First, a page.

Like many things in electoral politics, the answer is multilayered. The shift in this district as well as the rest of Texas comes down to demographic trends, political trends, Trump’s election, and the expanded role of grassroots groups in organizing. But I also believe my campaign played a big part in that. What I did in my 2018 campaign hadn’t been done since the district was gerrymandered in 2003 by Tom Delay and Karl Rove. In this redistricting process, Republican lawmakers essentially turned Congressional District 10 from what had previously been a Democratic hill country district which had run from Austin to the west and had been the seat of representatives like Lyndon Johnson and Lloyd Dogget, into a solid 60-40 Republican seat. This used to be a very populist district, but McCaul spent several million dollars to win his first Republican primary; the Democrats didn’t even field a candidate in 2004. McCaul was allowed to essentially coast to victory in this district and become a U.S. Congressman, and from then on basically act entitled to the seat because it was deemed so unwinnable by a challenger.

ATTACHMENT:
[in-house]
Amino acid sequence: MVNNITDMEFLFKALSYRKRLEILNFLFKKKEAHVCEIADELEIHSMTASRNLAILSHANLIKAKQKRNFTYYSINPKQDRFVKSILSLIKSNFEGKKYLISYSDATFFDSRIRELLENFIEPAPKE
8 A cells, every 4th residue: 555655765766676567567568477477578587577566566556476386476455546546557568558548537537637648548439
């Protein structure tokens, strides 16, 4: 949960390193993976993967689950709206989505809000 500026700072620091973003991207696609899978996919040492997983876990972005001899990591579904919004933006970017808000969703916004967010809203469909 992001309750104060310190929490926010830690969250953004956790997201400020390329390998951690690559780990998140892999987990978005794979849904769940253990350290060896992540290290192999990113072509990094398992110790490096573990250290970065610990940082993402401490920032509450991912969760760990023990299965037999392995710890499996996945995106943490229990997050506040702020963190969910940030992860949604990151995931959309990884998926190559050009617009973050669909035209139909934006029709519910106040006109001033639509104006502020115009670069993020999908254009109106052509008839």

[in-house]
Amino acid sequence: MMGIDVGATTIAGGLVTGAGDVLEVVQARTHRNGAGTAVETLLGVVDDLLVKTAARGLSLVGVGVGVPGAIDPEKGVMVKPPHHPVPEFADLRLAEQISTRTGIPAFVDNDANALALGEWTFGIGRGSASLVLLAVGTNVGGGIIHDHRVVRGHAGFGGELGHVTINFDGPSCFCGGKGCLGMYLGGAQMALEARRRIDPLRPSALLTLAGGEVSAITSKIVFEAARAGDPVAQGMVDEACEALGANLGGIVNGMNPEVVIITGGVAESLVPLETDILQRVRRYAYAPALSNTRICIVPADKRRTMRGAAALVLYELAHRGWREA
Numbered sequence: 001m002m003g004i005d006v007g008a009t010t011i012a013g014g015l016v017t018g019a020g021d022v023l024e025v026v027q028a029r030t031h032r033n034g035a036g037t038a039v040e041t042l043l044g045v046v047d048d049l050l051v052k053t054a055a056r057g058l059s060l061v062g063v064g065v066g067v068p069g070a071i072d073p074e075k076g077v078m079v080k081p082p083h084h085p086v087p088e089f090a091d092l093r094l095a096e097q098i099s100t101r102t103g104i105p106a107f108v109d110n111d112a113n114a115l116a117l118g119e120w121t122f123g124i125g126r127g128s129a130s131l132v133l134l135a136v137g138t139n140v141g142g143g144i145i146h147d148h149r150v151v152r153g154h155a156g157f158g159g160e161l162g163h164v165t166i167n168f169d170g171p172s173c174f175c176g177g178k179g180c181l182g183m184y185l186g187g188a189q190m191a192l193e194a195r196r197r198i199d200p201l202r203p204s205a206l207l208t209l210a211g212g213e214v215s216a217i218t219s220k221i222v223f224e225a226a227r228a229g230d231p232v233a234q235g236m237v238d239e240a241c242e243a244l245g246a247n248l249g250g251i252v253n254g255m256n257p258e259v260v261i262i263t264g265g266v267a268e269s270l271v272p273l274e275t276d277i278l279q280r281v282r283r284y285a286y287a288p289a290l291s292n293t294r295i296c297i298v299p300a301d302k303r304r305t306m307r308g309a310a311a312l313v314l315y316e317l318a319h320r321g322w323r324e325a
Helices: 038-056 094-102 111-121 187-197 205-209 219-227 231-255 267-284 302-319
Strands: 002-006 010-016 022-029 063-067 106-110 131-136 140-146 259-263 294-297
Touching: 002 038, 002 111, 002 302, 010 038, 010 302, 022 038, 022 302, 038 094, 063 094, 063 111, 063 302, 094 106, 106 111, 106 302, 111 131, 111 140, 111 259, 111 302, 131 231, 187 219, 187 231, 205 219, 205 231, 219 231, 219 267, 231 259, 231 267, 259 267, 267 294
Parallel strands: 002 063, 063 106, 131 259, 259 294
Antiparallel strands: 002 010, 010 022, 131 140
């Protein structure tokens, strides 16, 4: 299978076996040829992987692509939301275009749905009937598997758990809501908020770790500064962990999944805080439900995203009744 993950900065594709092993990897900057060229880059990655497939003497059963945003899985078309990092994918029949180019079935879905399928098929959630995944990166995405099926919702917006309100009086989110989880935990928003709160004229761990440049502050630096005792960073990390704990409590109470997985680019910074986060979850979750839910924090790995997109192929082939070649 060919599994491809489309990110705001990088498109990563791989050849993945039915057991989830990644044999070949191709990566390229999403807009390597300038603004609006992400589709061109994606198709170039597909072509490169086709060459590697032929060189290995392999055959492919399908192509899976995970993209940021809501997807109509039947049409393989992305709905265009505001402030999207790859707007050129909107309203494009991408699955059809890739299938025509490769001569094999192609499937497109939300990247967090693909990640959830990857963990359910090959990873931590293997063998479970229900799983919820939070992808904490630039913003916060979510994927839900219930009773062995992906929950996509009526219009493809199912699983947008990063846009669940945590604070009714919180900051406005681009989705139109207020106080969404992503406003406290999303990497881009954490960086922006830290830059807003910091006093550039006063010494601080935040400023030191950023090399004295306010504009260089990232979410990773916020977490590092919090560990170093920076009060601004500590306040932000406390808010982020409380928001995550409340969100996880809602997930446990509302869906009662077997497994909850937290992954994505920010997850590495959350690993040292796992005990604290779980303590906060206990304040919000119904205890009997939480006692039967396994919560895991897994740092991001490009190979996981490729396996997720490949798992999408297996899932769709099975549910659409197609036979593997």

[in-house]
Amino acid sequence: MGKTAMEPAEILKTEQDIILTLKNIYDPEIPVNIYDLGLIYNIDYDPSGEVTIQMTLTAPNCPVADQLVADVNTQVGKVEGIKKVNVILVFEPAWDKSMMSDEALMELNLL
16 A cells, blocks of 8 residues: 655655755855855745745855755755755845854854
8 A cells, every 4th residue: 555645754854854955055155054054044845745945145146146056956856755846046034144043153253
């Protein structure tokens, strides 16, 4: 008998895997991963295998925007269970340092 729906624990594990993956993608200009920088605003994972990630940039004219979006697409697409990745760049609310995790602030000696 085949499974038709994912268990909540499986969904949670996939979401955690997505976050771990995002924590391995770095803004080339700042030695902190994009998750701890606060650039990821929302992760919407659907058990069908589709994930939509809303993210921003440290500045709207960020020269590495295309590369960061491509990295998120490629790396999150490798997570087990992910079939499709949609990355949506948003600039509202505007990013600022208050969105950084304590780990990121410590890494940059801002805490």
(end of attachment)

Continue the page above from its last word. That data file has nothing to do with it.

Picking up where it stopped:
Before I ran for office the first time, there had been one Democratic challenger in 2008, Larry Joe Doherty, who I continue to work with actually to this day, who was able to raise a significant amount of support to effectively challenge McCaul. Doherty’s campaign was able to raise over a million dollars and run a TV and mail campaign, but wasn’t able to attempt a field operation. The reason for that is because this is a sprawling district: from east to west it’s over 150 miles, encompasses 7 rural counties, and captures parts of both Austin and Houston metro areas. The shape of this district makes it a very difficult geographic space to organize.